If — in cartoon fashion — we could read the thought bubbles above the head of each food shopper capturing their internal dialogue as they walk the supermarket aisles, we would know that their minds are a whirlwind of activity. In addition to processing the adventures and happenings of their day as they stroll behind their cart, they are also answering questions such as "Are we out of this?" and "Would this be good tonight?" But if we pushed deeper into the creases of those thought bubbles, we'd also realize that customers are engaged in a complex algebraic world busily solving for X, where X answers the question, do I buy this product? For decades, the consumer's calculus for making decisions about the products they bought and the stores they shopped was a rather simple formula containing just three factors; cost, taste and convenience. But like so much else in life, the consumer equation driving the shopping decision is growing much more complex.
Many in the food retail consumer affairs world have speculated for years that other considerations were getting factored into the traditional cost, taste, and convenience shopping equation. What we did not know was how deep and how extensive these new evolving drivers of health and wellness, safety, social impact, and experience were reaching into the consumer shopping psyche. New research performed by Deloitte with the collaborative support of Food Marketing Institute and Grocery Manufacturers Association provides new insight into how pervasive these new factors are in shaping the purchase decision. According to findings in the study, "Capitalizing on the Shifting Consumer Food Value Equation," 51 percent of the over 5,000 shoppers surveyed indicated that they weigh evolving value drivers more heavily than the traditional ones. Not only does this mean that the consumer value equation has grown more complex, it also means it has done so at a rate and to an extent we can no longer ignore. This is no longer a niche group who bring their particular values to bear on a purchase decision; it is now half the shoppers whose purchase equations includes any number of additional considerations, including environmental deliberations, labor and animal welfare concerns, thoughts about long-term food safety and wellness preferences.
There was another important finding emerging from the Deloitte study that we dare not miss. It would be an easy assumption to lay responsibility for the rising power of these evolving drivers at the feet of the millennial generation. After all, they are known to not be as brand loyal, open to new ideas and are proving much more socially conscious. However, that would be a faulty assumption and a grievous error to make. The benefit of a large pool of survey participants is it allows the possibility of multiple views of the findings from diverse demographic perspectives. What multiple passes at the results revealed was that the new evolving drivers are equally important across all geographic regions, across all age groups, and remained highly important across all income groups. The train hauling the freight of a more evolved purchase decision equation is not being driven by any one generation, region of the U.S. or economic group. The shopping calculus of a low-income Gen Xer in Wisconsin was as likely to contain elements of the evolving drivers as that of a high-income baby boomer in California or a middle-class member of the great generation in Georgia.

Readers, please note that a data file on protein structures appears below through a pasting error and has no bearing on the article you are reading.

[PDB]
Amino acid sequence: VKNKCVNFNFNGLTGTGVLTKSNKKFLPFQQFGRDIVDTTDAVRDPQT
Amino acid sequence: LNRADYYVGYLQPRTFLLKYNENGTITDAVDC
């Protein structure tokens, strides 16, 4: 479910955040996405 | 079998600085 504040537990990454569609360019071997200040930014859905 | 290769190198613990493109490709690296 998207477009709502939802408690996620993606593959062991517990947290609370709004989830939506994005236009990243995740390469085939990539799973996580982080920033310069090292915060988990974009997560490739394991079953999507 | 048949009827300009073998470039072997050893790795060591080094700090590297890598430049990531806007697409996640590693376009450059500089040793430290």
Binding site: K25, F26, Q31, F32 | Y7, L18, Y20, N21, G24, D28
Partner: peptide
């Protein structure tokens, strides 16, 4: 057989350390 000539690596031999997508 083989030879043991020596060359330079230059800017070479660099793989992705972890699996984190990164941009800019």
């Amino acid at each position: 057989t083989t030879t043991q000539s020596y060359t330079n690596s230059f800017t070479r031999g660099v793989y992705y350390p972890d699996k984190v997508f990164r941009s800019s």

Those who use these evolving drivers in their shopping decisions also appear more likely to use social media, mobile applications and digital sources to gather their information, so the successful marketing strategy to reach these shoppers contains several factors. Food retailers desiring to reach or retain shoppers with evolved values must be fluent in the new language of social concerns, know the nuanced and expanding conceptions of health and wellness, and remain vigilant in the facets of food safety the customer expects. It also means being able to express the company values and store commitments to these evolving drivers through social media channels so shoppers can perform their assessment(s).
In other words, the customer wants to read the thought bubbles above your head, as well.